A formal investigation into Google’s operations has been launched by the European Commission, sparked by complaints that it has been deliberately lowering the ranking of rival sites in its search results.
The EC announced today that it will launch the investigation which is to be the first of its kind in the world, and a case which could take years to be decided. The outcome could see Google strapped with billions of euros in fines and strict business practice regulations.
The probe has been triggered by complaints by three companies, including small British comparison site Foundem who claimed they had been banished from search results for three years until the site was re-listed in 2009, after repeated lobbying.
The complainant companies noted that when offering similar services such as price comparison, Google ranks its own links higher on sponsored search results.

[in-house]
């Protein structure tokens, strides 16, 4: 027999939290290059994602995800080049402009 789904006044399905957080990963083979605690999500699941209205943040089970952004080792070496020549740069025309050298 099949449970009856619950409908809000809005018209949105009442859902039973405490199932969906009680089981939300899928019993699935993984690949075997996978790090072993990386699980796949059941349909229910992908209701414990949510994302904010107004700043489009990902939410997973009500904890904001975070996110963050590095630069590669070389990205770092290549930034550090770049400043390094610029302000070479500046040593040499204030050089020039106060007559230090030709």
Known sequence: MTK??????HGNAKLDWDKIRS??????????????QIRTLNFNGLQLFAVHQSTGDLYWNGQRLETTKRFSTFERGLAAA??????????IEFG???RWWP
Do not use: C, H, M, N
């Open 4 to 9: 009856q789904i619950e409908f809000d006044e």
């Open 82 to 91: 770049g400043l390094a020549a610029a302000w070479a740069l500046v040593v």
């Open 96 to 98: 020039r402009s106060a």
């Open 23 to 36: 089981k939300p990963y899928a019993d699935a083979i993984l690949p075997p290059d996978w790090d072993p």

Comparison site Ciao, owned by rival Microsoft, joins Foundem in complaints that their services appear too low on general search results. Microsoft itself has suffered fines from the EC of more than €1bn for monopoly practices.
In response, Google maintained that there were “compelling reasons” why the sites in question had been ranked poorly by the search engine’s algorithms. The company claimed Foundem duplicated 79% of its content from other sites, which webmasters are consistently informed will place sites as a disadvantage when ranked.